Nurseries (like schools and colleges) are under a legal duty to play a part in the government’s strategy for tackling extremism.  This may seem over the top for a setting whose children are all under five.  It’s true that we need to train our staff to notice, and report, any concerns about radicalisation of colleagues (or indeed parents), however unlikely this may be.  But the main focus is on helping children to develop the values which will help them to avoid being drawn towards intolerance and extremism in later life.   Parents are obviously key to this, but a good nursery can contribute by working effectively in partnership.

In its guidance for early years providers, the government sets out four ‘fundamental British values’: democracy, the rule of law, individual liberty and mutual respect and tolerance. We in turn have given guidance to our staff about the ways in which we already embed these values into our everyday practice.   Let’s look at how.

Democracy

Within the early years, this is about making decisions together and focuses on children’s self-confidence and self-awareness.   We encourage children to express their views and we want them to understand that their views count.  This will teach them to value each other’s opinions and talk about their feelings.

With older children, there may be many occasions to encourage the sharing of views and even voting on (appropriate) matters that affect them.  Even the youngest children can be provided with activities that involve turn taking, sharing and collaboration, which will help to develop their minds and allow them to understand why decisions are made.

Rule of law

This is about understanding and sticking to rules.  We help children to understand their own and others’ behaviours and to tell right from wrong.  It can be hard to teach children generalised rules, but consistency and fairness will help to lay the foundations.

A good way to help children understand rules is to involve them where possible, in the process of creating the rules (e.g. over tidying up or sharing).   We also try to promote table manners and encourage saying ‘please’ and ‘thank you’.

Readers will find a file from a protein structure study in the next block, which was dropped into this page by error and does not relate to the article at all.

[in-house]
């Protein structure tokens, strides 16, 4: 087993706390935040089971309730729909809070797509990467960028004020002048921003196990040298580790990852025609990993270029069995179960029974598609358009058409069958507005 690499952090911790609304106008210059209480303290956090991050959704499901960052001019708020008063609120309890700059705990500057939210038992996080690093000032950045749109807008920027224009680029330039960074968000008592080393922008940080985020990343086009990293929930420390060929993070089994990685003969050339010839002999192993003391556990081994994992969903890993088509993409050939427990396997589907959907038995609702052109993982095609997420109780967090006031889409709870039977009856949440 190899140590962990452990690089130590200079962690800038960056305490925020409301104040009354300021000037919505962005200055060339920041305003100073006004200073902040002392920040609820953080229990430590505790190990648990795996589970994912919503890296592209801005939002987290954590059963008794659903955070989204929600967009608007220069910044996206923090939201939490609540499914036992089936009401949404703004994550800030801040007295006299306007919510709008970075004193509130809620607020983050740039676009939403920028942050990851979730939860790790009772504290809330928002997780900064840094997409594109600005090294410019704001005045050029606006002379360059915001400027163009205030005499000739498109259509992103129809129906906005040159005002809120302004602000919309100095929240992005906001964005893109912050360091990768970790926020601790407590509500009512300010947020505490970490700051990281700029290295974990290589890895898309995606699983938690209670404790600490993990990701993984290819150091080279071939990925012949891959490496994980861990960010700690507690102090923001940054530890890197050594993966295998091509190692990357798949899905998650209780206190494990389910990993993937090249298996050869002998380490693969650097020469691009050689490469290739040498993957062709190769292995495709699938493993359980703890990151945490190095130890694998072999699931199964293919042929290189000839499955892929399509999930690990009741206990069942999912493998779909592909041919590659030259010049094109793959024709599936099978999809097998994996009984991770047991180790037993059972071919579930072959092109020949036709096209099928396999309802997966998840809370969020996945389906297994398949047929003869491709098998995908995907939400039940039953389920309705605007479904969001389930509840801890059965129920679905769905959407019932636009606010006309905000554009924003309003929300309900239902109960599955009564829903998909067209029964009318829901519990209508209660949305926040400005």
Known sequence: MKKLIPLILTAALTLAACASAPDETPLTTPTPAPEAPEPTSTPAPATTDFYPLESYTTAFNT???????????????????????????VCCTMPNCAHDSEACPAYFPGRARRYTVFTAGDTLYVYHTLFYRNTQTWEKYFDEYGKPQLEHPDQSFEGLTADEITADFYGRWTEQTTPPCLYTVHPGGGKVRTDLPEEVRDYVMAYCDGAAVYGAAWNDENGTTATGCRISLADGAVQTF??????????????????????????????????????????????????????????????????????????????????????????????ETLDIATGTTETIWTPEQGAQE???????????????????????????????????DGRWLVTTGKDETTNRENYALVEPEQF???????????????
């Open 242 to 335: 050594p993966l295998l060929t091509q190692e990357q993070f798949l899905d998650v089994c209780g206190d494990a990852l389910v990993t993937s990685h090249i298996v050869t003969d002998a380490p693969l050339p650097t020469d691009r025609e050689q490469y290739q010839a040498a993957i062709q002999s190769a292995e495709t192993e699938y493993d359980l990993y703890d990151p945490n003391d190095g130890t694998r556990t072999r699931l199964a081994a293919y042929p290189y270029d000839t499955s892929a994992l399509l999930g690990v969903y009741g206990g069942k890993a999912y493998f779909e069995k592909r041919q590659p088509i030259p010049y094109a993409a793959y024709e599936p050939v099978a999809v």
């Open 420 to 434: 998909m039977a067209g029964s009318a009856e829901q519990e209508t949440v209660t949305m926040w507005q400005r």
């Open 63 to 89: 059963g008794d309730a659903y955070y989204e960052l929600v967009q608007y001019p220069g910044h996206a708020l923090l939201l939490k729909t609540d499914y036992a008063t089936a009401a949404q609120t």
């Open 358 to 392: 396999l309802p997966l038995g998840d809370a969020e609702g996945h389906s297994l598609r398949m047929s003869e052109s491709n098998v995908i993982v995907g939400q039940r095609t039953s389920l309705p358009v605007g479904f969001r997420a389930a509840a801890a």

Individual liberty

Children’s freedom is, of course, not unlimited: safety and the need to respect others come first.

We aim to encourage children to develop a positive sense of themselves by giving them opportunities to build self-knowledge, self-esteem and confidence in their own abilities.   This can be done by allowing them to take risks in a controlled way.

We make time to have discussions with children about their feelings about situations such as moving to big school.  These discussions allow them to explore the language of feelings, to express themselves and to understand that other children have different opinions.

Mutual respect and tolerance

We aim to provide an environment that is inclusive and which respects and values different faiths, cultures, races and opinions. We actively try to challenge racial or gender stereotypes. And we encourage children to experience a wide range of traditions, celebrations and cooking (not neglecting British ones!) involving parents and grandparents wherever possible.

To help promote mutual respect, it is important to focus on behaviour such as sharing, listening, taking turns to speak and respecting others’ opinions.  We encourage the building of friendships too.

We invite all our parents and staff to let us know what they think and to suggest ways in which we can work effectively together.